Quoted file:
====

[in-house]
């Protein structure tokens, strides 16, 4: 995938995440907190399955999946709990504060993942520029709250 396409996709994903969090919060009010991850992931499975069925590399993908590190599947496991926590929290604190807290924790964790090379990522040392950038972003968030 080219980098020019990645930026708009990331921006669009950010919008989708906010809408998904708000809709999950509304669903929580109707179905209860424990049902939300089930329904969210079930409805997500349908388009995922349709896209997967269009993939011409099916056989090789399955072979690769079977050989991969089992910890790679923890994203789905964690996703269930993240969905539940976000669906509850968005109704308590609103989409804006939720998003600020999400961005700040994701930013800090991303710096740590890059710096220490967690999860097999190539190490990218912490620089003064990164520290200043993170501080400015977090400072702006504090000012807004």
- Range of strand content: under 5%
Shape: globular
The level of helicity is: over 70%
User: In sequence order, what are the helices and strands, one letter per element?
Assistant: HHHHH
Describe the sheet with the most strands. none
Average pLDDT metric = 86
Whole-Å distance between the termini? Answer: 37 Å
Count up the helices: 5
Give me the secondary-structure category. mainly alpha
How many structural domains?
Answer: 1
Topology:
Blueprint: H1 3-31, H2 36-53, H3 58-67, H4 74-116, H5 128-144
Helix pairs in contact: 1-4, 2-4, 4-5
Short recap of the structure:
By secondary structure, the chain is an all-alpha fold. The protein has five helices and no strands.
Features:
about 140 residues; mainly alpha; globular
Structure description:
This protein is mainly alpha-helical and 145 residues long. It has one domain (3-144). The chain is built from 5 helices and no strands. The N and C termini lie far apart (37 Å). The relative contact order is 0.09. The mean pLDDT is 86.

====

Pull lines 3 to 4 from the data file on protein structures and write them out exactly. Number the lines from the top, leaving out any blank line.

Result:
- Range of strand content: under 5%
Shape: globular